This article describes the individual experiences of 5 students with Fetal Alcohol Spectrum Disorders (FASD) living in rural and urban Alaska. The article is based on the results of a 3 year qualitative study using interviews with and observations of the students, members of their family, and educational and medical professionals with whom they are involved. Findings highlight several major themes that include: (a) the person behind the face of FASD; (b) experiences of students with FASD including situations of competence and vulnerability; (c) anticipated trajectories that lead the students towards experiences of separateness and isolation; and (d) the social and cultural stigma of FASD. The article concludes with recommendations that service providers, educators, and policy makers can use to improve the education and community life for students with fetal alcohol spectrum disorders.
Thirty years ago a diagnosis of Fetal Alcohol Syndrome (FAS) or other alcohol related birth defects was rare. In 2004, however, such a diagnosis is not unusual in towns, villages, and cities in Alaska and in an increasing number of other locations. A study by the Center for Disease Control and Prevention (CDC, 2002) indicated that the state of Alaska ranked highest in live births of infants with Fetal Alcohol Syndrome (FAS). The CDC study monitored the reported cases of FAS in newborns during 1995-1997 in Alaska, New York, Arizona, Wisconsin, and Colorado. Alaska had the highest reported rate of Fetal Alcohol Syndrome at 1.5 per 1,000 live births. Approximately 126 infants are born each year in Alaska who are affected by maternal alcohol use during pregnancy. The reported prevalence of FAS among Alaska Natives was the highest of all reported cases in Alaska and the other states (e.g., 5.6 per 1,000 live births).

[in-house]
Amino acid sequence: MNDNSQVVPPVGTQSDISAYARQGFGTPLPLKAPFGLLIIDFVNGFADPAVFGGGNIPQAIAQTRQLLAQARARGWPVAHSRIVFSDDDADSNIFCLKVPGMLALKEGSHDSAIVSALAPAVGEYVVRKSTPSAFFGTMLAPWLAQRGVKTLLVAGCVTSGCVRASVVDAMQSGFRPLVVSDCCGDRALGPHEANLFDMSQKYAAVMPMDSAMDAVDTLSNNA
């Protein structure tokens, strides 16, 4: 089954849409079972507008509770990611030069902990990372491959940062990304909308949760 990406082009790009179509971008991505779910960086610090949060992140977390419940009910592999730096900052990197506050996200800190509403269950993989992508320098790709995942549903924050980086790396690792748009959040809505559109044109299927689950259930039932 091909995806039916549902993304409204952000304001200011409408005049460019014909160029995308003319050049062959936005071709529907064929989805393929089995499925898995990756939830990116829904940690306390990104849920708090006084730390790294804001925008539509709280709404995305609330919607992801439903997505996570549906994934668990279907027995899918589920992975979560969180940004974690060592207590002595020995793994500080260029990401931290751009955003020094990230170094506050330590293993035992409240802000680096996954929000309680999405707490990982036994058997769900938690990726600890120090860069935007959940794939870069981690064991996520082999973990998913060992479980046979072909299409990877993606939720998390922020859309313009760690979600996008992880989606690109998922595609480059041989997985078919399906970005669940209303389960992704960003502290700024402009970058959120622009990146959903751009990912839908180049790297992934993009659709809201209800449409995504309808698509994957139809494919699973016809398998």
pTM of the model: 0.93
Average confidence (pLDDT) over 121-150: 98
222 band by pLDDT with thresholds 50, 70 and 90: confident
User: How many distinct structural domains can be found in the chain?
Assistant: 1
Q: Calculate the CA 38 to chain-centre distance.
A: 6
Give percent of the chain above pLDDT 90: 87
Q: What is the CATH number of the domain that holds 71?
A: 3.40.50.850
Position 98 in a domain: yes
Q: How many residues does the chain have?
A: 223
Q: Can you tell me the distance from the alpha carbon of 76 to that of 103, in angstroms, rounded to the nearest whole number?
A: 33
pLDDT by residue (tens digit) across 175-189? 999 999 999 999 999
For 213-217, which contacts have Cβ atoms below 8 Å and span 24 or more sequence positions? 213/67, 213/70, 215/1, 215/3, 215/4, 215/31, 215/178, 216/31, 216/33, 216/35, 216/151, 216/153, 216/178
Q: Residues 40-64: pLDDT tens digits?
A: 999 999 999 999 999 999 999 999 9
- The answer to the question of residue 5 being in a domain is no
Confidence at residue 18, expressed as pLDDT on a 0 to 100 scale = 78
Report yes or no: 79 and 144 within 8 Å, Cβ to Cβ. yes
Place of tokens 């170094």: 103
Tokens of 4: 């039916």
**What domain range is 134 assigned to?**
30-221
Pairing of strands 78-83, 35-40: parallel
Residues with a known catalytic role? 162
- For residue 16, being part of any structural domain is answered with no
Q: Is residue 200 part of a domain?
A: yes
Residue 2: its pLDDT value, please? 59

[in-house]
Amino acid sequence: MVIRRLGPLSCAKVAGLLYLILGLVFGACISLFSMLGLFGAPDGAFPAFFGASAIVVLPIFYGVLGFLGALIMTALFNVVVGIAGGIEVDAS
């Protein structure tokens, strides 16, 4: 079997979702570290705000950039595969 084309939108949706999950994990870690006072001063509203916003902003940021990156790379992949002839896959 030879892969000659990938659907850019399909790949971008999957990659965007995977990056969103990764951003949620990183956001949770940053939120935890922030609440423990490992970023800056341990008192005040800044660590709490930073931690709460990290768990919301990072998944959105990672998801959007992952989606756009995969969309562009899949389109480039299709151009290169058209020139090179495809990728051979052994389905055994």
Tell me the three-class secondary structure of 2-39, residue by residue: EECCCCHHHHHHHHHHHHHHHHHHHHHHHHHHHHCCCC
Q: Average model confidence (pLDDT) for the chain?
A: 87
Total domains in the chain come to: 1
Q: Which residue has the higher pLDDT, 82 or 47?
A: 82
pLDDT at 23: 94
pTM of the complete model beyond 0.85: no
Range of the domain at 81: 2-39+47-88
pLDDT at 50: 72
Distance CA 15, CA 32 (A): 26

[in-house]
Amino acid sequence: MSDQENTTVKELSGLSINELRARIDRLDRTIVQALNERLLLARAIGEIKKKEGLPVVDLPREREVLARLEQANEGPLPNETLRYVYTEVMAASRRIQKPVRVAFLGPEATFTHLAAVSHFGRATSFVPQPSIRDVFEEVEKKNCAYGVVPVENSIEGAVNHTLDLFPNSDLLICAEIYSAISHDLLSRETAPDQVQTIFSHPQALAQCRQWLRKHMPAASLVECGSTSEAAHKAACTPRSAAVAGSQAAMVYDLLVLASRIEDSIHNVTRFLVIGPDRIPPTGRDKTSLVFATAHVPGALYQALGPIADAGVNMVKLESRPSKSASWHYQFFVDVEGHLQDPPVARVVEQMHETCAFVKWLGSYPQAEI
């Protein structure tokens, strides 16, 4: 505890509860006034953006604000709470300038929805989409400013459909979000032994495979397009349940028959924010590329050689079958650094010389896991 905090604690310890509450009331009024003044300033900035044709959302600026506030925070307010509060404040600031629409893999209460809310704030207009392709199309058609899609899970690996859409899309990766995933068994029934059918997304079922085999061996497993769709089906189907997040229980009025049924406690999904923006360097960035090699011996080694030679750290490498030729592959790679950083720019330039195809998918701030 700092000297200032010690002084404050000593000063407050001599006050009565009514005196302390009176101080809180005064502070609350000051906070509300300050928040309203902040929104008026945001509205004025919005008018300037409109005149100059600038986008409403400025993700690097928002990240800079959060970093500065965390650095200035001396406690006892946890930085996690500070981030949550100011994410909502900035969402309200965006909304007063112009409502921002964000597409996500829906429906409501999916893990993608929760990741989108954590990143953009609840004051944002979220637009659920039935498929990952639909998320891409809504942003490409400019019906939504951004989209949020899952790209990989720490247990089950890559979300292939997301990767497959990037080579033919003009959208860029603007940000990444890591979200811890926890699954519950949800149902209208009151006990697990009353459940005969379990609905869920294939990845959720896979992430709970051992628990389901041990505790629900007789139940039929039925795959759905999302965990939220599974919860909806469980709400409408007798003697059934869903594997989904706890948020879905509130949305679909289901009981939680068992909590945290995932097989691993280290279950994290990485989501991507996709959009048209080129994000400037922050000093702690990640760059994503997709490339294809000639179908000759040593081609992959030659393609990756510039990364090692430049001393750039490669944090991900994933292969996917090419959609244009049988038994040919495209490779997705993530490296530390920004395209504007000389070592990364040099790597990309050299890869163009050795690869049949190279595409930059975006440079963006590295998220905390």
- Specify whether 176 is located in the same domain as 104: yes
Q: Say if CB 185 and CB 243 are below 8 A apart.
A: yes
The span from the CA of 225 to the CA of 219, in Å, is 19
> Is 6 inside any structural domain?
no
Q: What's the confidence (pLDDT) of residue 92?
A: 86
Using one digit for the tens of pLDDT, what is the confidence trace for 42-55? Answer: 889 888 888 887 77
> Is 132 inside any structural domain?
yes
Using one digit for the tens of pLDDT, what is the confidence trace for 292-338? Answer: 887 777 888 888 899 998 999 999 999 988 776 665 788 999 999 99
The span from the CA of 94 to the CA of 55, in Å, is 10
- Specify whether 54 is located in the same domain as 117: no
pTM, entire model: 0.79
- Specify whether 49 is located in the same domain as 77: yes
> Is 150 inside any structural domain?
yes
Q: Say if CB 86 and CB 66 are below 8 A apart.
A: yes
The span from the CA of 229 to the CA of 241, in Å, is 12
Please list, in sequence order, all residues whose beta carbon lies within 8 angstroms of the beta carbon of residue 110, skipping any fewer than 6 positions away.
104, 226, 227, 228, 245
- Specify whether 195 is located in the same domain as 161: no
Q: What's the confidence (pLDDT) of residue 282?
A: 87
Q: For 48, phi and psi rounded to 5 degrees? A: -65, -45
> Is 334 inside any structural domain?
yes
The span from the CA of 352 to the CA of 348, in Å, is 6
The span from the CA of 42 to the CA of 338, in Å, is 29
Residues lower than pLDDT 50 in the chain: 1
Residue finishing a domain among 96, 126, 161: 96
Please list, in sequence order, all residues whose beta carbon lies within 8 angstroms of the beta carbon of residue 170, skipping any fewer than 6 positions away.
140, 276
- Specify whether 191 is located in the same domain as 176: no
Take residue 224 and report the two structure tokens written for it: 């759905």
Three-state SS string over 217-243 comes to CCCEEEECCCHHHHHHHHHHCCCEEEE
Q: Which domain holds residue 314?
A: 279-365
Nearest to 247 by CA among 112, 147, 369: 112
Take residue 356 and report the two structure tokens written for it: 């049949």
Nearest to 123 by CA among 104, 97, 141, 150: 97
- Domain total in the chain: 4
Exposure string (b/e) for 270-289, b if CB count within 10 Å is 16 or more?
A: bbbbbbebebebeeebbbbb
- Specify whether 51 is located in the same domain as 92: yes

The rise in the number of children with Fetal Alcohol Spectrum Disorders (FASD) in Alaska lead to the development of a five year project, funded by State of Alaska, Department of Health and Social Services, Office of Fetal Alcohol Syndrome aimed at providing diagnosis, surveillance, and conducting prevention activities across Alaska. This article presents findings from a 3-year evaluation of the state project designed to examine the education and community experiences of 5 students with FASD. The study includes the perceptions of family members and professionals.
In the past, with regard to individuals labeled FAS or FASD, research has centered narrowly around the areas of identification, incidence, prevalence, and diagnosis of the disorder of FAS while giving little emphasis on the individuals themselves, their experiences or needs. For example, research related to identification of the disorder emerged in the late 20th Century (Streissguth, 1997). Among the early identifiers of this condition was Dr. William Sullivan, who in 1899 published a study of 120 female "drunkards" at the Liverpool prison in Liverpool, England (Streissguth, 1997). His research indicated that the pregnancies of these women resulted in stillbirths and infant deaths two and one half times more often than the sober female inmates. Although other researchers published work describing children prenatally exposed to alcohol (Fretz, 1931; Gooddard, 1912; Haggard & Jellinek, 1942; Ladrague, 1901; Pearson & Elderton, 1910; Roquette, 1957), it was not until 1968 that Dr. Paul Lemoine described the constellation of facial morphology that is described today as the face of FAS. Five years later Jones, Smith, Ulleland, and Streissguth (1973) published their seminal paper in Lancet that provided a comprehensive description of the constellation of physical features of FAS: "growth deficiency; and intellectual, motor, and adaptive behavior impairments." Their description closely matched earlier descriptions of children with FAS (Lemoines, Harousseau, Borteyru, & Meuet, 1968). As Streissguth (1997) later discovered, "The clinical confirmation was exhilarating; the 'FAS face' appeared to be unique to alcohol" (p. …